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Bermuda: Bank's 60/40 Exemption Paves The Way For More Applications

Mairi Mallon, Royal Gazette

15 December 2000

This story is reproduced by kind permission of the Royal Gazette at

The decision by the Minister of Finance to allow an exemption to Bank of Bermuda from the 60/40 rule will inevitably lead to other applications being made to Government from different sectors, according to a leading businessman.

David Ezekiel, head of the International Companies Division of the Chamber of Commerce praised Eugene Cox's decision as being balanced and fair and said Bermuda had to become more flexible in an increasingly global economy.

He said: "The Minister's approach was well reasoned and appropriately formulated. It recognises differences in different business sectors and has responded to that.

"What we could face is applications from different sectors of the business community. We are all faced with similar business decision on a daily basis and have to make a decision on the facts. But the Minister has set out criteria to judge other companies. As long as decisions are made in that frame work all businesses will be protected."

He said he found interesting the list of conditions for granting the licence and said some would not be easy to implement, in particular the first condition. He said the bank already had most of the licence terms in place already.

"In what is now a new global economy the old blanket formula-driven rules do not have any place," he added. "We have got to be a lot more flexible than I think we ever were. I agree with the Minister that it is in the Island's best interest to have a healthy banking sector, a sector which is so important to the community.

"I think the Minister has used his powers appropriately and it will certainly invite other applications and each needs to be judged on its merits. I believe his decision should and will have widespread support."

The Chamber's director Diane Gordon added: "We're certainly delighted that Government has provided for their needs. Every single division of the Chamber of Commerce has individually discussed the 60/40 issue but as a whole we are certainly delighted that Government has provided for the needs of the Bank of Bermuda."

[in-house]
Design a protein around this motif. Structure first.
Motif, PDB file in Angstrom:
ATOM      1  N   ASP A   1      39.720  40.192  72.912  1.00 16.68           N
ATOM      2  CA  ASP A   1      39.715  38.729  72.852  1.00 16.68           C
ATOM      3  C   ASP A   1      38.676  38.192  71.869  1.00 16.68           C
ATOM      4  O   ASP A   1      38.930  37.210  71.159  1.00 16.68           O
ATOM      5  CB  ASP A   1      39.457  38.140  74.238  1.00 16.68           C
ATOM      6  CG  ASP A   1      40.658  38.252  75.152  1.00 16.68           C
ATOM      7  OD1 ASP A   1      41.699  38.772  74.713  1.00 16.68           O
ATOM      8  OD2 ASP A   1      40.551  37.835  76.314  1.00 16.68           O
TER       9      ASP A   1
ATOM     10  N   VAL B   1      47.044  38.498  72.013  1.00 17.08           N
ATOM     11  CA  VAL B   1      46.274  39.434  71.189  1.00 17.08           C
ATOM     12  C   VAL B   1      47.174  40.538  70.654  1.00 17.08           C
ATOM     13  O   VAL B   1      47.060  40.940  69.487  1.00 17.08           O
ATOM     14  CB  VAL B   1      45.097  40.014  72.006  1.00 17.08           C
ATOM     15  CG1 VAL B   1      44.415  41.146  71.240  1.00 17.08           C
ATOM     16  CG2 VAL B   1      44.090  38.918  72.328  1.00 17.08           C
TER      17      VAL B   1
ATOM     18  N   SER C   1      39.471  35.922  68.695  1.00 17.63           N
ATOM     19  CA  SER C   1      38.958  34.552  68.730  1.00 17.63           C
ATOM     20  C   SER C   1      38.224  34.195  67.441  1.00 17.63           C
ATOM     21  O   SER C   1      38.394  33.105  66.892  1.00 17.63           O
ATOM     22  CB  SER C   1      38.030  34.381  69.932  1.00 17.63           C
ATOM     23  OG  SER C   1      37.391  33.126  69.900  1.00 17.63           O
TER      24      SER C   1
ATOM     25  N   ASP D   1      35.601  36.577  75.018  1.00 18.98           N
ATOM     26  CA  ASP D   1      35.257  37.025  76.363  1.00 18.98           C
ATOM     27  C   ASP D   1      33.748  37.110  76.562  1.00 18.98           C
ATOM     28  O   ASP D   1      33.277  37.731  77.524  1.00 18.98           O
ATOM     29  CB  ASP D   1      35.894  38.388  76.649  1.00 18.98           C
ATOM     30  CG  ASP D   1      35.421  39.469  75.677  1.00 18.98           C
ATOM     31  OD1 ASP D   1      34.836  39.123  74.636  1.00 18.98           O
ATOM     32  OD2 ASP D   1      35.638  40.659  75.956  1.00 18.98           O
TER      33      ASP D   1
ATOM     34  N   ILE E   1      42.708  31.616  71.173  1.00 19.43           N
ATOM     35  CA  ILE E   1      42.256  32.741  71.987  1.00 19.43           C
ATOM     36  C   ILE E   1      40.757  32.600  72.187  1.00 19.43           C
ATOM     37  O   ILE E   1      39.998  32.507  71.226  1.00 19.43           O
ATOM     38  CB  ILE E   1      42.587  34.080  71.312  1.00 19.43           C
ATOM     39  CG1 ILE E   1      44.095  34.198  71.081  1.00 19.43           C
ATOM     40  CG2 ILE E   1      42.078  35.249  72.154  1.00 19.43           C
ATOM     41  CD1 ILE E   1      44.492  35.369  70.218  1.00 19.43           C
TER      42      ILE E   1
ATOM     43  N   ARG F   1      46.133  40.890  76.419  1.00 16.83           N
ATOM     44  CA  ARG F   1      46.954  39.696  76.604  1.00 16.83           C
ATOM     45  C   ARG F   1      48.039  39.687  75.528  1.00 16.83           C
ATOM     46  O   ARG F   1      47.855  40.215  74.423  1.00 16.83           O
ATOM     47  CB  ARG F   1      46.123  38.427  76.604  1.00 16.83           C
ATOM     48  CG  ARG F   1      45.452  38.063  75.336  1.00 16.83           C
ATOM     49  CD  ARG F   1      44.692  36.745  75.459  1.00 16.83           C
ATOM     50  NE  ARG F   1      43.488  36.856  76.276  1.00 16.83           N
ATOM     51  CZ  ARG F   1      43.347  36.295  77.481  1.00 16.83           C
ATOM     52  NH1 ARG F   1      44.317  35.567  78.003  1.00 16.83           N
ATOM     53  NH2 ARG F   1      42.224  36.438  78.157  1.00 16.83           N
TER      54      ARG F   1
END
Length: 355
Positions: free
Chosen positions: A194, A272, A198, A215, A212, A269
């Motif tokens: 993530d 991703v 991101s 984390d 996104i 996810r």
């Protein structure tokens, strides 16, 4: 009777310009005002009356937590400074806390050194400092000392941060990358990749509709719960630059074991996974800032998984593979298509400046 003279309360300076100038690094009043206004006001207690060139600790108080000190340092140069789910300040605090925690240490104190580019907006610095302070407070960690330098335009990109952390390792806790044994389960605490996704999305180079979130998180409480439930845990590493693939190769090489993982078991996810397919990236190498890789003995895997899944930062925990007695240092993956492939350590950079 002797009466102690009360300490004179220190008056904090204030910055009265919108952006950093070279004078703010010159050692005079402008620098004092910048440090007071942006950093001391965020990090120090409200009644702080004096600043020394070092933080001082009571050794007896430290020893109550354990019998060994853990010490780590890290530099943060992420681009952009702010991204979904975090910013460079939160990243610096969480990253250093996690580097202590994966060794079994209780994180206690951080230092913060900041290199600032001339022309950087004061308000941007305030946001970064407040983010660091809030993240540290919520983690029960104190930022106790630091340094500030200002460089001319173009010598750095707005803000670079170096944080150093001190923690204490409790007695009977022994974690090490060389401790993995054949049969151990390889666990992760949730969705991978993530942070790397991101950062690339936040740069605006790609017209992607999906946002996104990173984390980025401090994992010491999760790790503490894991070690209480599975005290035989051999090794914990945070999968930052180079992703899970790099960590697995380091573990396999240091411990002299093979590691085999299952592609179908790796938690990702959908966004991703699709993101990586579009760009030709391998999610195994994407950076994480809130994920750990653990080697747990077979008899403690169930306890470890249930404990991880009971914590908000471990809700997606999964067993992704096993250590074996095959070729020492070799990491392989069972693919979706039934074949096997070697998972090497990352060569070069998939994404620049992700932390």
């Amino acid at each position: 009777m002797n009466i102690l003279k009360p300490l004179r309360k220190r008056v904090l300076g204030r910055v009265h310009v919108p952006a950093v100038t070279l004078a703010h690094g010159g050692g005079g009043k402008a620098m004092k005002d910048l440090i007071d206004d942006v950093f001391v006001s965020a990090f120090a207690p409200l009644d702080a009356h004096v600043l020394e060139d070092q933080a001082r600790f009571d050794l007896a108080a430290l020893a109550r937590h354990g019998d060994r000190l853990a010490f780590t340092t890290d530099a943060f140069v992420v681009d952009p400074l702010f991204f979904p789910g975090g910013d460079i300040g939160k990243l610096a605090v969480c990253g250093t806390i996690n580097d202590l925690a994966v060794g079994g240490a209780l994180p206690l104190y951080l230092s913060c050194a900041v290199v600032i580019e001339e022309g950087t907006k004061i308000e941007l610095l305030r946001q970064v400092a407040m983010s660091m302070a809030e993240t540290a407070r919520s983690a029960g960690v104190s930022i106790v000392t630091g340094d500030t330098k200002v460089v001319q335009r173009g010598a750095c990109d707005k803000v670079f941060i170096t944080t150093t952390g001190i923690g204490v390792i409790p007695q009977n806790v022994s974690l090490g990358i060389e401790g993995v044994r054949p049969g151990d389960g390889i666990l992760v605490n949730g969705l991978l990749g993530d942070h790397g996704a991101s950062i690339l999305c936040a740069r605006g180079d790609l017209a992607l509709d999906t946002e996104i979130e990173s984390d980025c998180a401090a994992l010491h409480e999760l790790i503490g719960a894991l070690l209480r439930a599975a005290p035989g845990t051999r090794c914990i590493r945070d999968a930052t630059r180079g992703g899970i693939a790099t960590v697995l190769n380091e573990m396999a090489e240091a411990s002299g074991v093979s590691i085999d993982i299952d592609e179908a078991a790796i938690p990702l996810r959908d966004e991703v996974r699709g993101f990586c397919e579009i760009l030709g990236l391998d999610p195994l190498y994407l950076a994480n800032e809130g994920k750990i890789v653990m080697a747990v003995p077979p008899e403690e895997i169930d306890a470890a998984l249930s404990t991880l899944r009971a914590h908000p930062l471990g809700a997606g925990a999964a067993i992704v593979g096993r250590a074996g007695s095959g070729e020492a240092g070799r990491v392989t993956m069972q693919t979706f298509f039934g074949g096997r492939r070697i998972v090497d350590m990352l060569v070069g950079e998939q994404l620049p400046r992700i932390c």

Bermuda International Business Association chairman Raymond Medeiros also welcomed the move, saying: "We are very pleased with the news about Bank of Bermuda's exemption. From the perspective of international business, the 60/40 rule as it currently stands is somewhat anachronistic. In today's business world, mergers and acquisitions are being used to extend business operations, create new opportunities and enhance competitive advantage."

"It is only appropriate that companies in Bermuda should take advantage of these opportunities."

Shadow Finance Minister Grant Gibbons said the Opposition supported the move but he said the PLP had said three to four years ago that it was wrong to pass these things on a one-off basis.

Dr. Gibbons said: "I am thus surprised today in the Minister's speech we are again dealing with this on a one-off basis."

He urged the Government to make a general statement on its policy and he pointed out that financial institutions other than banks took a keen interest in developments. He said: "What's extraordinary at this point is that there has not been a broader policy document, maybe a Green Paper which sets out the Minister's position."


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